This speed is what sucks out all the hot air from the room and releases it outside, allowing cool, fresh air to flow in, instead. Due to this, exhaust fans are also extremely common (and a necessity) in kitchens.
High-end models of exhaust fans contain thermostats to help regulate temperatures inside the room. These are different kinds of fans in that they pull air out instead of blow it around.
Tower fans are like towers—narrow, tall, compact and sleek. These tall fans are mounted on rotating bases to ensure air distribution on all sides, with in-built ionizers to purify the air that comes out of them.
Tower fans have inlets on their sides that let them suck in air from outside and release this after purifying and cooling it. These fans cover large areas, owing to the fact that they’re designed to blow air at a 90-degree angle.
Though quite similar to air coolers in appearance, tower fans are more energy efficient and circulate only the air that’s indoors (air coolers, ironically, don’t cool air; they just encourage airflow).
Tower fans, due to their vertical nature and compact bases, are among the most space efficient, portable and lightweight of fan types.
What do you do when you don’t have space on your floor for a fan? You put one on your wall.
Wall-mounted fans are extreme space savers, designed to be compact and fit in tiny spaces regardless of the ceiling height, making them the perfect ceiling fan alternatives. They’re also great options to consider when there aren’t any proper wiring facilities available.
Wall-mounted types of fans function differently from ceiling fans, simply pushing air in the room/space where they’re installed, as opposed to pushing air down and circulating it, as ceiling fans do.
These fans are great in a range of settings, from warehouses to auditoriums to huge party halls to small offices. Sometimes, these fans are used in conjunction with various types of air conditioners as they circulate the air conditioning super efficiently.
In addition to their efficiency in both functioning and space saving, these fans also feature multiple speed settings, remote control options, the ability to oscillate and are durable, lightweight and portable in nature.
What do you do when an air conditioner can’t be friends with your budget? You buy a misting fan.
Misting fans create and spray mist, thanks to an in-built high-pressure pump that squirts water out from an attached supply of water.
This mist is then circulated around the room by the fan/blower part of the contraption, making them a super-efficient way to cool off in high temperatures, both indoors and outdoors.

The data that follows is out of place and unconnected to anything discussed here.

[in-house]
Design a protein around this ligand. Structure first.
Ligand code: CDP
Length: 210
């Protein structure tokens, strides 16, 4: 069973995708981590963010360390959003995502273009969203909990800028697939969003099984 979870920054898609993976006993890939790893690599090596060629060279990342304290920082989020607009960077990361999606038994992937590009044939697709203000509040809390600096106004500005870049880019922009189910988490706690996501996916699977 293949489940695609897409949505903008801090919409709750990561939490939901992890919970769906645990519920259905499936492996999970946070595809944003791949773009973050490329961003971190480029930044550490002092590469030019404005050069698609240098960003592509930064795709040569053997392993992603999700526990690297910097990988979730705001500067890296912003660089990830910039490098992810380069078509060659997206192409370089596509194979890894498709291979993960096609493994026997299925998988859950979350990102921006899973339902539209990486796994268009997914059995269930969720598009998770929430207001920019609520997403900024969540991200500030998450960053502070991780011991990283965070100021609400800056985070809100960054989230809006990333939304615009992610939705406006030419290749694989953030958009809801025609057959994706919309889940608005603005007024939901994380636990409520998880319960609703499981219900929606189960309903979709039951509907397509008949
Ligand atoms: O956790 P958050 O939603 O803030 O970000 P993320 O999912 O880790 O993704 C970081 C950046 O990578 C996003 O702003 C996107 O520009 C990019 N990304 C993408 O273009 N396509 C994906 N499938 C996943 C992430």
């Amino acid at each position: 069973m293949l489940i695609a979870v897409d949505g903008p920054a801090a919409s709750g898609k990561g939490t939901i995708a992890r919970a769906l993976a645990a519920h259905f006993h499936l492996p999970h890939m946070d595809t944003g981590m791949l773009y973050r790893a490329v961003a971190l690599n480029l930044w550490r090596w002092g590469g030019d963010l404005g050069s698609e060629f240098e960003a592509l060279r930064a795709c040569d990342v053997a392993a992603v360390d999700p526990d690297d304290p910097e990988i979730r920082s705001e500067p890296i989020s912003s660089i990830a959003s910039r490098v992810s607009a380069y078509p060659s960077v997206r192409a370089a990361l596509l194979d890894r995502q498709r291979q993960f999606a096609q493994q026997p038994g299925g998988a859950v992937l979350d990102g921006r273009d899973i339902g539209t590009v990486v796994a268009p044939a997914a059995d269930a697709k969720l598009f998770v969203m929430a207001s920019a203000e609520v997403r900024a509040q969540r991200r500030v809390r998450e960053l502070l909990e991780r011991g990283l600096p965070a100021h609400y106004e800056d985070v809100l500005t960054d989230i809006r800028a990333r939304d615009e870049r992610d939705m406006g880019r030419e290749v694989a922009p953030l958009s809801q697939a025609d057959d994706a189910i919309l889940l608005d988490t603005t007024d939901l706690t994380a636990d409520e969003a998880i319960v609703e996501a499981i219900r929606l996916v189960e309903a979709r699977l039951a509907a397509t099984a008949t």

The mist that these fans produce is extremely light, so you don’t go from being drenched in sweat to being drenched in water. The mist is so fine that you won’t feel anything on your skin or your clothes.
Additionally, these fans are more energy efficient than air conditioners, using only around 30 watts or lesser, compared to 900 watts used by the latter. Cooling? Check. Money and energy saved? Check. Two birds with one stone? Check and check.
A bladeless fan? Is that even possible? Meet bladeless types of fans, also known as air multipliers. These fans suck in air through holes situated on their bases, after which they flatten the air and push it out through narrow slits situated on their circular upper bodies.
The absence of blades makes these fans extremely safe for tiny tots (both the human and furry varieties), while the fact that they use around 40 watts or less makes them energy efficient. However, they can be quite an expensive investment.
Industrial fans or industrial blowers enable continuous airflow that is used for a range of purposes such as ventilation, aeration, exhaust, cooling and air cleaning, to name a few.
Due to rotating blades powered by a motor turbine, these fans are extremely powerful. There are two main types of industrial fans—centrifugal (also known as ‘squirrel cage’ or ‘scroll fans’ and axial fans.
Floor fan typess are kept on the floor (duh!) and are used to cool air at the floor level. Floor fans are great for hothouses and are very convenient as they can be placed anywhere required.
They don’t require any permanent installation either, unlike ceiling fans, wall-mounted fans, exhaust fans and the like. This makes them more versatile. In my youth, I had one of these blowing air across me all night since my bedroom was the hottest in the house. They saved my sanity, honestly.
Since these fans are characterized by the fact they cool air at the floor level, any fan that does this can be considered a floor fan.
Types of Fans for Every Room & Air Flow Need
Fans can exist in many forms, as you’ve already just seen. However, the basic aim of any fan is to keep things cool, so don’t let the many types overwhelm you when you have to pick out a fan for yourself—any fan that you pick will achieve this.
If you’re really particular about the different types of fans you’re getting, keep in mind factors such as the number of blades, electricity consumption, your budget and the space where you’re going to position it—it’ll narrow down the options and make your job much easier.